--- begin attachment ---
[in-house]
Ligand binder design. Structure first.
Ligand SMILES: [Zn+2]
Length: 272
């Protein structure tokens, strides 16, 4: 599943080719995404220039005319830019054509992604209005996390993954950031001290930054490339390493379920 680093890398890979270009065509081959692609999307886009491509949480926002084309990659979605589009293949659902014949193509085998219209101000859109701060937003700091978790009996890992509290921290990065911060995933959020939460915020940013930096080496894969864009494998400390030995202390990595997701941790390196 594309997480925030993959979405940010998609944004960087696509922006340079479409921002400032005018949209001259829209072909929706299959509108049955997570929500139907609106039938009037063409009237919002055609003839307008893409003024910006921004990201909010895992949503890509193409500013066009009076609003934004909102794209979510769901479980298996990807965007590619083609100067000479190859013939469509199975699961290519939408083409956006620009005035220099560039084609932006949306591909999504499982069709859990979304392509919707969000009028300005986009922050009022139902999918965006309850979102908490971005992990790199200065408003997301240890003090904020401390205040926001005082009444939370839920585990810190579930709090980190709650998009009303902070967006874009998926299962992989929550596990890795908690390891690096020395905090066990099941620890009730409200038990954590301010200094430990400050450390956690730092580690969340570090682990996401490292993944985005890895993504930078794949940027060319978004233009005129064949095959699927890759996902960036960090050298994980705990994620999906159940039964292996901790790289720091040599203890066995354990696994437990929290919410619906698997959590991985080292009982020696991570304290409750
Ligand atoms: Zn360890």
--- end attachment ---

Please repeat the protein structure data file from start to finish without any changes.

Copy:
[in-house]
Ligand binder design. Structure first.
Ligand SMILES: [Zn+2]
Length: 272
């Protein structure tokens, strides 16, 4: 599943080719995404220039005319830019054509992604209005996390993954950031001290930054490339390493379920 680093890398890979270009065509081959692609999307886009491509949480926002084309990659979605589009293949659902014949193509085998219209101000859109701060937003700091978790009996890992509290921290990065911060995933959020939460915020940013930096080496894969864009494998400390030995202390990595997701941790390196 594309997480925030993959979405940010998609944004960087696509922006340079479409921002400032005018949209001259829209072909929706299959509108049955997570929500139907609106039938009037063409009237919002055609003839307008893409003024910006921004990201909010895992949503890509193409500013066009009076609003934004909102794209979510769901479980298996990807965007590619083609100067000479190859013939469509199975699961290519939408083409956006620009005035220099560039084609932006949306591909999504499982069709859990979304392509919707969000009028300005986009922050009022139902999918965006309850979102908490971005992990790199200065408003997301240890003090904020401390205040926001005082009444939370839920585990810190579930709090980190709650998009009303902070967006874009998926299962992989929550596990890795908690390891690096020395905090066990099941620890009730409200038990954590301010200094430990400050450390956690730092580690969340570090682990996401490292993944985005890895993504930078794949940027060319978004233009005129064949095959699927890759996902960036960090050298994980705990994620999906159940039964292996901790790289720091040599203890066995354990696994437990929290919410619906698997959590991985080292009982020696991570304290409750
Ligand atoms: Zn360890």